Shoulder muscle action and normal kinematics

The contributions made by muscles to normal and abnormal shoulder motion have been studied using various approaches including study of muscle activation using electromyography (EMG) during arm motion8,19,29, cadaver studies to enhance knowledge of anatomical alignment of muscles30, study of motion in patients who have nerve injuries31,32, or biomechanical modeling to predict moment arms and muscle function30,33. All of these approaches have helped to refine our knowledge about the function of shoulder muscles. Knowledge about muscle roles and dysfunction in shoulder related pathologies is vital to provide potential guidelines for interventions aimed at improving shoulder motion and function.

Scapulothoracic musculature

In shoulder related research, some authors have studied kinematics and EMG activity simultaneously to relate the functional status of the muscle with movements of the scapula. The literature has been variable with different positioning of electrodes8,26,34, different normalization techniques35,36, and limited control of the factors confounding interpretation of EMG data such as muscle length, velocity of contraction, and type of contraction37. Despite using various approaches, there has been a general consensus regarding the functions and roles of scapular muscles during arm movements. The trapezius, and middle and lower serratus anterior have been recognized as muscles which can rotate and stabilize the scapula29,30,34,38,39. It is important to note that EMG activation of a muscle during a movement, however, does not clarify if the muscle is active in a stabilizing, translating, or rotating role without further consideration of the biomechanics of the movement and the joint complex.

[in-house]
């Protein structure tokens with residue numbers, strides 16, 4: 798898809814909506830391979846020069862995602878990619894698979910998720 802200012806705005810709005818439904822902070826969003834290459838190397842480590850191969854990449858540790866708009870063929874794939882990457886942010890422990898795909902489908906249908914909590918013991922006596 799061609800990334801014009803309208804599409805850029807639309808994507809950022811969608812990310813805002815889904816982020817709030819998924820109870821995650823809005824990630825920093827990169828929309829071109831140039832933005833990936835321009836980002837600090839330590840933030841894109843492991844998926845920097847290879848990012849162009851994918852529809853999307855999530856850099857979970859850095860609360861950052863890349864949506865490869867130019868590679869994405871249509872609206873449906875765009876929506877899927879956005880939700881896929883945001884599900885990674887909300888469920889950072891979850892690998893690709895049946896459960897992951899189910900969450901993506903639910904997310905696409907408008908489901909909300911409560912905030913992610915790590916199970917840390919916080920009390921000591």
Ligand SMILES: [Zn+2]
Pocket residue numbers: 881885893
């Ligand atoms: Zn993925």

Inman, Sauders and Abbott19 stated that we need coordinated activity in scapular muscles for smooth movement of the scapula during arm motions. They studied raw EMG data from various muscles19 and described trapezius and lower serratus anterior as the prime movers for scapular upward rotation. Rhomboids and levator scapulae, which are downward rotators of the scapula, show lower levels of activation, presumably to synergistically resist lateral translation forces of the serratus anterior acting on the scapula. In general, scapulothoracic muscles must not only produce upward rotation during arm elevation, but also act to resist against the downward rotation torques believed produced by the reverse action of the glenohumeral muscles (deltoid and rotator cuff) acting on the scapula38.